There are two multilingual models currently available. We do not plan to release
more single-language models, but we may release
BERT-Large versions of these
two in the future:
BERT-Base, Multilingual Cased (New, recommended): 104 languages, 12-layer, 768-hidden, 12-heads, 110M parameters
BERT-Base, Multilingual Uncased (Orig, not recommended): 102 languages, 12-layer, 768-hidden, 12-heads, 110M parameters
BERT-Base, Chinese: Chinese Simplified and Traditional, 12-layer, 768-hidden, 12-heads, 110M parameters
Multilingual Cased (New) model also fixes normalization issues in many
languages, so it is recommended in languages with non-Latin alphabets (and is
often better for most languages with Latin alphabets). When using this model,
make sure to pass
run_pretraining.py and other
See the list of languages that the Multilingual model supports. The Multilingual model does include Chinese (and English), but if your fine-tuning data is Chinese-only, then the Chinese model will likely produce better results.
To evaluate these systems, we use the XNLI dataset dataset, which is a version of MultiNLI where the dev and test sets have been translated (by humans) into 15 languages. Note that the training set was machine translated (we used the translations provided by XNLI, not Google NMT). For clarity, we only report on 6 languages below:
|XNLI Baseline - Translate Train||73.7||67.0||68.8||66.5||65.8||56.6|
|XNLI Baseline - Translate Test||73.7||68.3||70.7||68.7||66.8||59.3|
|BERT - Translate Train Cased||81.9||76.6||77.8||75.9||70.7||61.6|
|BERT - Translate Train Uncased||81.4||74.2||77.3||75.2||70.5||61.7|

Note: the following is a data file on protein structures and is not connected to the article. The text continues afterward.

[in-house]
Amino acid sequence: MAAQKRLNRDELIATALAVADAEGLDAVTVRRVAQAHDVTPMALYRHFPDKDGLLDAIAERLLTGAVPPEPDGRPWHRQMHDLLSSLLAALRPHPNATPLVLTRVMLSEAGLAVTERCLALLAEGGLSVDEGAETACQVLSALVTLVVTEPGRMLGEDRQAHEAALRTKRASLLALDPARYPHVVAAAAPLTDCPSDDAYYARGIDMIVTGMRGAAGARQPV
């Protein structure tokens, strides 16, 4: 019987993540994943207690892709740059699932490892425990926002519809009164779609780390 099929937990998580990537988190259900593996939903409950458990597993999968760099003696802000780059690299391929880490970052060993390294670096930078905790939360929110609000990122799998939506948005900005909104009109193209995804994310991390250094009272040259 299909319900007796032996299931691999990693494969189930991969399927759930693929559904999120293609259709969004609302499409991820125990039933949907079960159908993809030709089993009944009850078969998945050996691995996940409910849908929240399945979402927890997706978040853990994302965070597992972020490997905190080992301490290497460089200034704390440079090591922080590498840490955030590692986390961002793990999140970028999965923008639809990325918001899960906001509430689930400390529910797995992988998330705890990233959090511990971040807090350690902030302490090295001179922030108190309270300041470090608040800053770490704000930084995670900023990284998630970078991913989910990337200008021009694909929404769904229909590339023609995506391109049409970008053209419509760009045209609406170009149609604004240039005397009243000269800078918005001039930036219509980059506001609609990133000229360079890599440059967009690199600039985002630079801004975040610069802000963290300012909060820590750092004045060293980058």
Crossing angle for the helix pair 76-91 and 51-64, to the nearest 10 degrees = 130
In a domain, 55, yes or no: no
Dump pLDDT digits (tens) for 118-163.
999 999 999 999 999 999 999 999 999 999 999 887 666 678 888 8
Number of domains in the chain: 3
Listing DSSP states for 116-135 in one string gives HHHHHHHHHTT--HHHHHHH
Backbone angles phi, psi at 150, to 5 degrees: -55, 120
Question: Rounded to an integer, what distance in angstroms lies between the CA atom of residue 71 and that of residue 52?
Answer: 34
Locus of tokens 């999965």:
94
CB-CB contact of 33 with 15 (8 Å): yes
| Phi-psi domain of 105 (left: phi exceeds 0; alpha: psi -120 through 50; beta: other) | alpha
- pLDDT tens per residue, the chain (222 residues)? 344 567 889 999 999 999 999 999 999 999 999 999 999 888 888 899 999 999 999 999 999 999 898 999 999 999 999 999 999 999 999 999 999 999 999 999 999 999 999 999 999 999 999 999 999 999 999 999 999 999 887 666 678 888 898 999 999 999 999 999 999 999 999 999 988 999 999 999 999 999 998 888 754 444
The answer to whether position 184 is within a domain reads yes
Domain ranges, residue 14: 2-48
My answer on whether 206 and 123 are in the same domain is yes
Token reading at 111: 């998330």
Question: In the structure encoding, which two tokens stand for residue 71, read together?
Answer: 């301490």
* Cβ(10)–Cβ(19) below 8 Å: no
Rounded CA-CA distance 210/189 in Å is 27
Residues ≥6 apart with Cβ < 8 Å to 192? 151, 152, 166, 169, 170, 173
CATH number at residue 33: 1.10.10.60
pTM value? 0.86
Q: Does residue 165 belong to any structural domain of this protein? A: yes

|BERT - Translate Test Uncased||81.4||70.1||74.9||74.4||70.4||62.1|
|BERT - Zero Shot Uncased||81.4||63.8||74.3||70.5||62.1||58.3|
The first two rows are baselines from the XNLI paper and the last three rows are our results with BERT.
Translate Train means that the MultiNLI training set was machine translated from English into the foreign language. So training and evaluation were both done in the foreign language. Unfortunately, training was done on machine-translated data, so it is impossible to quantify how much of the lower accuracy (compared to English) is due to the quality of the machine translation vs. the quality of the pre-trained model.
Translate Test means that the XNLI test set was machine translated from the foreign language into English. So training and evaluation were both done on English. However, test evaluation was done on machine-translated English, so the accuracy depends on the quality of the machine translation system.
Zero Shot means that the Multilingual BERT system was fine-tuned on English MultiNLI, and then evaluated on the foreign language XNLI test. In this case, machine translation was not involved at all in either the pre-training or fine-tuning.
Note that the English result is worse than the 84.2 MultiNLI baseline because this training used Multilingual BERT rather than English-only BERT. This implies that for high-resource languages, the Multilingual model is somewhat worse than a single-language model. However, it is not feasible for us to train and maintain dozens of single-language model. Therefore, if your goal is to maximize performance with a language other than English or Chinese, you might find it beneficial to run pre-training for additional steps starting from our Multilingual model on data from your language of interest.
Here is a comparison of training Chinese models with the Multilingual
BERT-Base and Chinese-only
|BERT Multilingual Model||74.2|
|BERT Chinese-only Model||77.2|
Similar to English, the single-language model does 3% better than the Multilingual model.
The multilingual model does not require any special consideration or API
changes. We did update the implementation of
tokenization.py to support Chinese character tokenization, so please update if
you forked it. However, we did not change the tokenization API.
To test the new models, we did modify
run_classifier.py to add support for the
XNLI dataset. This is a 15-language
version of MultiNLI where the dev/test sets have been human-translated, and the
training set has been machine-translated.